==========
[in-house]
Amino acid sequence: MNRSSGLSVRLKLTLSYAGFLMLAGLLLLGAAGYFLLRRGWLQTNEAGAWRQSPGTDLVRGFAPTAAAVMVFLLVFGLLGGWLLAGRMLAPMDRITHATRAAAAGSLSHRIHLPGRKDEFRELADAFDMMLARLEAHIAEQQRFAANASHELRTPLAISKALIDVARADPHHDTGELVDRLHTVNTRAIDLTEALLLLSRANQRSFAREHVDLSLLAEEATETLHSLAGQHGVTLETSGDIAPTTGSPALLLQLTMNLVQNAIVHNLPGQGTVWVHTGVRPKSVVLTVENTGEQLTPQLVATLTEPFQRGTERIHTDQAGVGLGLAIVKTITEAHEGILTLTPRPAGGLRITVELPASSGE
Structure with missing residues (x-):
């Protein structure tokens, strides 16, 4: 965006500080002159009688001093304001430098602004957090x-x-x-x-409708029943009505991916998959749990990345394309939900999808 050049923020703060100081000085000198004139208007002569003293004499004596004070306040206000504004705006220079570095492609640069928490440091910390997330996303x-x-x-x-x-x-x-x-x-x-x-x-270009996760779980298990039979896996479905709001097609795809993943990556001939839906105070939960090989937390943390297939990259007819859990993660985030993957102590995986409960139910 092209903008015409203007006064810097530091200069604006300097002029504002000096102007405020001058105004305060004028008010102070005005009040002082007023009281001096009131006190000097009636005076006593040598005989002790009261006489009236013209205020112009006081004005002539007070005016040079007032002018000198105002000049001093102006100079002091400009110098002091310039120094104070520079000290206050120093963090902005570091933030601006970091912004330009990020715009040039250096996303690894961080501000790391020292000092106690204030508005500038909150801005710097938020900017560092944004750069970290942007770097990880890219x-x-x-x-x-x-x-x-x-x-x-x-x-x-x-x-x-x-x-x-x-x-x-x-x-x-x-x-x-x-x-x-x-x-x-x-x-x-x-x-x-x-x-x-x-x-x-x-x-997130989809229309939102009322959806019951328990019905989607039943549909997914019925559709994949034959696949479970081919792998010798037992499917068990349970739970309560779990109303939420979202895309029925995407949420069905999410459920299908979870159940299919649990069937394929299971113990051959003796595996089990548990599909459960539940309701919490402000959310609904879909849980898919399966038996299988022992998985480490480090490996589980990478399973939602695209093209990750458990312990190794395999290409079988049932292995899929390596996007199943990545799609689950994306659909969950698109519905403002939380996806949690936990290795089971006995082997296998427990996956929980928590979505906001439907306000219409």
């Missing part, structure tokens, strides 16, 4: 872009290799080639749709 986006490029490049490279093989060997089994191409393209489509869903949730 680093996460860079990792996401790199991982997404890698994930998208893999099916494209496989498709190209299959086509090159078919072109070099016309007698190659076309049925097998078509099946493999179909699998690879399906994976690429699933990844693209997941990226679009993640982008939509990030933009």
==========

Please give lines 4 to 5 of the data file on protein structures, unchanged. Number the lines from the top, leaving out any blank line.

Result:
């Protein structure tokens, strides 16, 4: 965006500080002159009688001093304001430098602004957090x-x-x-x-409708029943009505991916998959749990990345394309939900999808 050049923020703060100081000085000198004139208007002569003293004499004596004070306040206000504004705006220079570095492609640069928490440091910390997330996303x-x-x-x-x-x-x-x-x-x-x-x-270009996760779980298990039979896996479905709001097609795809993943990556001939839906105070939960090989937390943390297939990259007819859990993660985030993957102590995986409960139910 092209903008015409203007006064810097530091200069604006300097002029504002000096102007405020001058105004305060004028008010102070005005009040002082007023009281001096009131006190000097009636005076006593040598005989002790009261006489009236013209205020112009006081004005002539007070005016040079007032002018000198105002000049001093102006100079002091400009110098002091310039120094104070520079000290206050120093963090902005570091933030601006970091912004330009990020715009040039250096996303690894961080501000790391020292000092106690204030508005500038909150801005710097938020900017560092944004750069970290942007770097990880890219x-x-x-x-x-x-x-x-x-x-x-x-x-x-x-x-x-x-x-x-x-x-x-x-x-x-x-x-x-x-x-x-x-x-x-x-x-x-x-x-x-x-x-x-x-x-x-x-x-997130989809229309939102009322959806019951328990019905989607039943549909997914019925559709994949034959696949479970081919792998010798037992499917068990349970739970309560779990109303939420979202895309029925995407949420069905999410459920299908979870159940299919649990069937394929299971113990051959003796595996089990548990599909459960539940309701919490402000959310609904879909849980898919399966038996299988022992998985480490480090490996589980990478399973939602695209093209990750458990312990190794395999290409079988049932292995899929390596996007199943990545799609689950994306659909969950698109519905403002939380996806949690936990290795089971006995082997296998427990996956929980928590979505906001439907306000219409």
């Missing part, structure tokens, strides 16, 4: 872009290799080639749709 986006490029490049490279093989060997089994191409393209489509869903949730 680093996460860079990792996401790199991982997404890698994930998208893999099916494209496989498709190209299959086509090159078919072109070099016309007698190659076309049925097998078509099946493999179909699998690879399906994976690429699933990844693209997941990226679009993640982008939509990030933009």